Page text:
SpaceX came close to breaking a 56-year-old record


SpaceX Starship © © SpaceX

© SpaceX

The SpaceX company is stepping up the pace in 2023. It has set itself the goal of carrying out a hundred launches. As a result, the delays between two missions are reduced to the point of breaking a 56-year-old record.

By scheduling two launches less than 45 minutes apart, SpaceX nearly broke a record set in 1966 by NASA’s Gemini 11 and Titan 11 missions.

SpaceX is stepping up the pace

SpaceX has stepped up the pace of its launches from 31 missions in 2021 to more than 60 missions last year. A sustained pace that the company intends to maintain this year. Knowing that 52 rockets have already been shipped between January and July, the previous record of 2022 should not last very long. Elon Musk has also indicated that SpaceX is aiming for 100 flights in 2023, or about two per week.

Anyway, the company also had the opportunity at the end of July to break the record for the shortest time between two launches, which is still 1 hour and 37 minutes.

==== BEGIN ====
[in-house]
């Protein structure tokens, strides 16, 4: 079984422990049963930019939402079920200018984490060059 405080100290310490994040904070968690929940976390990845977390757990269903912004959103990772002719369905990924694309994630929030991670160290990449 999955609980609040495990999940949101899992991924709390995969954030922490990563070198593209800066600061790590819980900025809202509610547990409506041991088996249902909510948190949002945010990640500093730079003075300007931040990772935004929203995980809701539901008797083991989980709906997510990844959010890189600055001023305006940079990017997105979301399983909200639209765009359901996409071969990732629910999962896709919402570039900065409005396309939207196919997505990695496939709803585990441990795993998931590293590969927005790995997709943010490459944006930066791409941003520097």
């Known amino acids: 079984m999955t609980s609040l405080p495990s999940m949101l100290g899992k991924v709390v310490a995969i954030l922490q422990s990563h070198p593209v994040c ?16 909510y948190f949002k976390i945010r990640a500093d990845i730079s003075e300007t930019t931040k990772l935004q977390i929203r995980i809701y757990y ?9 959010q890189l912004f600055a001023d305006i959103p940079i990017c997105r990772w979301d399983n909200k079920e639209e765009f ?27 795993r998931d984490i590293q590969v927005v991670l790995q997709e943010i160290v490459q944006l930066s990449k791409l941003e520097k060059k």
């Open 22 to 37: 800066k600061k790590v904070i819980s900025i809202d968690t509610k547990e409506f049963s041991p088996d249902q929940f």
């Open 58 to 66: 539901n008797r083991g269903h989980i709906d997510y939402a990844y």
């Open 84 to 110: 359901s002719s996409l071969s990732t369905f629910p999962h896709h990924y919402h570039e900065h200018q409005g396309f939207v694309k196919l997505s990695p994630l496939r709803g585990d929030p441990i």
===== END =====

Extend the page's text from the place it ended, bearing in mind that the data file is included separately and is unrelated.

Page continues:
A Falcon 9 rocket, carrying a batch of satellites for the Starlink constellation, was scheduled to lift off at 10:05 p.m. ET from Space Launch Complex 40 (SLC-40). Another launch was scheduled minutes later from Kennedy Space Center in Florida.

Unfortunately, the Falcon Heavy rocket was suspended 65 seconds before launch. All the conditions for success seemed met, but SpaceX has, it seems, been confronted “violation of termination criteria“.

spaceX starship © © Space X

© SpaceX

A giant satellite in orbit

Finally, after two cancellations, the Falcon Heavy rocket took to the skies on Saturday, July 29 at 5:04 a.m. KST. It was the 7e mission for this rocket which is the most powerful in the SpaceX catalog, at least until the arrival of the Super Heavy launcher, a prototype of which took off on April 20 from the StarBase located in Texas.

The main mission of the Falcon Heavy was to put into orbit the largest communications satellite ever built. Weighing approximately 9 tonnes, Jupiter 3 was developed by Maxar Technologies on behalf of EchoStar. In addition to boosting Internet capabilities in North and South America, Jupiter 3 also supports in-flight Wi-Fi, maritime connections, and more.

In any case, SpaceX is doing everything it can to achieve 100 launches this year and thus outpace its competitors, in particular the ESA, which is still awaiting the arrival of Ariane 6.

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